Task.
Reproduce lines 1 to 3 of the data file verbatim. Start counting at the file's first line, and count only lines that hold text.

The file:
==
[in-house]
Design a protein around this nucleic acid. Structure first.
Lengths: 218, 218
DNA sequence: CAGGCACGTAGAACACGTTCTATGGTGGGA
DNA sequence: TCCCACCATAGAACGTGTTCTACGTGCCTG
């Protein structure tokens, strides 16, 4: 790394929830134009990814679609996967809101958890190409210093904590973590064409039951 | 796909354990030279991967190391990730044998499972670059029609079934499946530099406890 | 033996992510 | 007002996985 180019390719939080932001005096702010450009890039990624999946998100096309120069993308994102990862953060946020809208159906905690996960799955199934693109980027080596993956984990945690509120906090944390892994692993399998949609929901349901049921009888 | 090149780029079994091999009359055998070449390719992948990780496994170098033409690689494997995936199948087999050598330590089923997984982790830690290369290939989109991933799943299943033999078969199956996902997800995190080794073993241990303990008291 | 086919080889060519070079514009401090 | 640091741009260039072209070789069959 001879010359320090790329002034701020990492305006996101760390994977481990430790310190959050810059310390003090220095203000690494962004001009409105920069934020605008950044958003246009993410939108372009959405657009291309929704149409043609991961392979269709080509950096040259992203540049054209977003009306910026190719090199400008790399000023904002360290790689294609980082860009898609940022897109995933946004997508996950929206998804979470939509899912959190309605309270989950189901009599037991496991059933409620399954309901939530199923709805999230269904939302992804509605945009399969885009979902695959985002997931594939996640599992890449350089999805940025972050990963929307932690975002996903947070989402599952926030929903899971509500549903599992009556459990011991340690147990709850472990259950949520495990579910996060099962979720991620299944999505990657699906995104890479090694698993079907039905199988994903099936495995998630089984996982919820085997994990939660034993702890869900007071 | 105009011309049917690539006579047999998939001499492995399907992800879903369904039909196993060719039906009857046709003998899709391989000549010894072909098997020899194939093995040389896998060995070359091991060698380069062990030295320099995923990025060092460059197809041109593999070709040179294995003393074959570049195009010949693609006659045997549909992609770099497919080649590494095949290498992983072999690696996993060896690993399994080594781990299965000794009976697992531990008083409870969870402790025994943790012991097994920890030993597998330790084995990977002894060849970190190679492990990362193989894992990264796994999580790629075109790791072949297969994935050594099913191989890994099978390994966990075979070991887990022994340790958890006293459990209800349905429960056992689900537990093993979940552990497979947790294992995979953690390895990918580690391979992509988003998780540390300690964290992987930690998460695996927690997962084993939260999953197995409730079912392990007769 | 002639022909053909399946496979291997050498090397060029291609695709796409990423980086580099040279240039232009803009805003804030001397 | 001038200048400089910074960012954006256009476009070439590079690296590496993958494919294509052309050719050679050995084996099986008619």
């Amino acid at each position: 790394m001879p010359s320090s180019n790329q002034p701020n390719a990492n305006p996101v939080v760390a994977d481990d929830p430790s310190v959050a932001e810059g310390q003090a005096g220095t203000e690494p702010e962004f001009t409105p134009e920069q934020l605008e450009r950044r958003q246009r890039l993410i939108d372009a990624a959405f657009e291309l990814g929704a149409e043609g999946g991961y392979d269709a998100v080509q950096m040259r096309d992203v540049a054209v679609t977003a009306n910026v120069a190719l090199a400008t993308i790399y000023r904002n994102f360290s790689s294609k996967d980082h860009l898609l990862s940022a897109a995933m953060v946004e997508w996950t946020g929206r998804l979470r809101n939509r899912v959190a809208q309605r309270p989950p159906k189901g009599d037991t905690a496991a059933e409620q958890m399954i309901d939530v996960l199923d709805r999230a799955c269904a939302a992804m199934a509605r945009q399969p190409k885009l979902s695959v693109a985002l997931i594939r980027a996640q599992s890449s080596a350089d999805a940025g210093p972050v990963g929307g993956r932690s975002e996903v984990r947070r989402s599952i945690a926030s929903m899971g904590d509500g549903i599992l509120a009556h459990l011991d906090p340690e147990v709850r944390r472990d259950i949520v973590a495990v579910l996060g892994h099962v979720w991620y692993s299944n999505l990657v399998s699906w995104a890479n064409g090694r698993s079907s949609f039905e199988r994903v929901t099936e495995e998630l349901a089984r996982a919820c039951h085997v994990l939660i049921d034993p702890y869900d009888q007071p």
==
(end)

[in-house]
Design a protein around this nucleic acid. Structure first.
Lengths: 218, 218